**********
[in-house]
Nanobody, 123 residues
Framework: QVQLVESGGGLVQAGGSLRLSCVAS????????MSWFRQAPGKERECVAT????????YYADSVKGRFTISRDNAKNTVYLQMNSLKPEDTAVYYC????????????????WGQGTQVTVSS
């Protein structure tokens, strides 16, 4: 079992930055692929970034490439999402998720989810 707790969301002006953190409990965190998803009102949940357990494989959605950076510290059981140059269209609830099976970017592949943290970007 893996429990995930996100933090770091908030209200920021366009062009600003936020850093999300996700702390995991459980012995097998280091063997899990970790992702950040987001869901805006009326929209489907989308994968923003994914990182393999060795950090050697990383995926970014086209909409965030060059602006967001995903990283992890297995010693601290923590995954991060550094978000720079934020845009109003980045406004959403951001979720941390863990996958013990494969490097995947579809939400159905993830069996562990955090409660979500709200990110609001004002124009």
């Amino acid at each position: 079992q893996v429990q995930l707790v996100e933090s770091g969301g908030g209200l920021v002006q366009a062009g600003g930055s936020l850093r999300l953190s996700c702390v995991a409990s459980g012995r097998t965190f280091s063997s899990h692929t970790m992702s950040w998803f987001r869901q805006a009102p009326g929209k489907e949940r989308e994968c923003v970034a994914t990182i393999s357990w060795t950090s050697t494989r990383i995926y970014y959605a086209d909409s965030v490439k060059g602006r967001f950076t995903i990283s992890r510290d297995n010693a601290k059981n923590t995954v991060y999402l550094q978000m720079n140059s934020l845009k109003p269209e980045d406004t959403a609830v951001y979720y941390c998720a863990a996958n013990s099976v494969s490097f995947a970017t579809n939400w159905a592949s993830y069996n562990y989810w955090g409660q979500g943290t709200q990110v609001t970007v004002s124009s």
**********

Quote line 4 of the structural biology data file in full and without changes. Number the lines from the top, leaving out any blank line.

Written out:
């Protein structure tokens, strides 16, 4: 079992930055692929970034490439999402998720989810 707790969301002006953190409990965190998803009102949940357990494989959605950076510290059981140059269209609830099976970017592949943290970007 893996429990995930996100933090770091908030209200920021366009062009600003936020850093999300996700702390995991459980012995097998280091063997899990970790992702950040987001869901805006009326929209489907989308994968923003994914990182393999060795950090050697990383995926970014086209909409965030060059602006967001995903990283992890297995010693601290923590995954991060550094978000720079934020845009109003980045406004959403951001979720941390863990996958013990494969490097995947579809939400159905993830069996562990955090409660979500709200990110609001004002124009």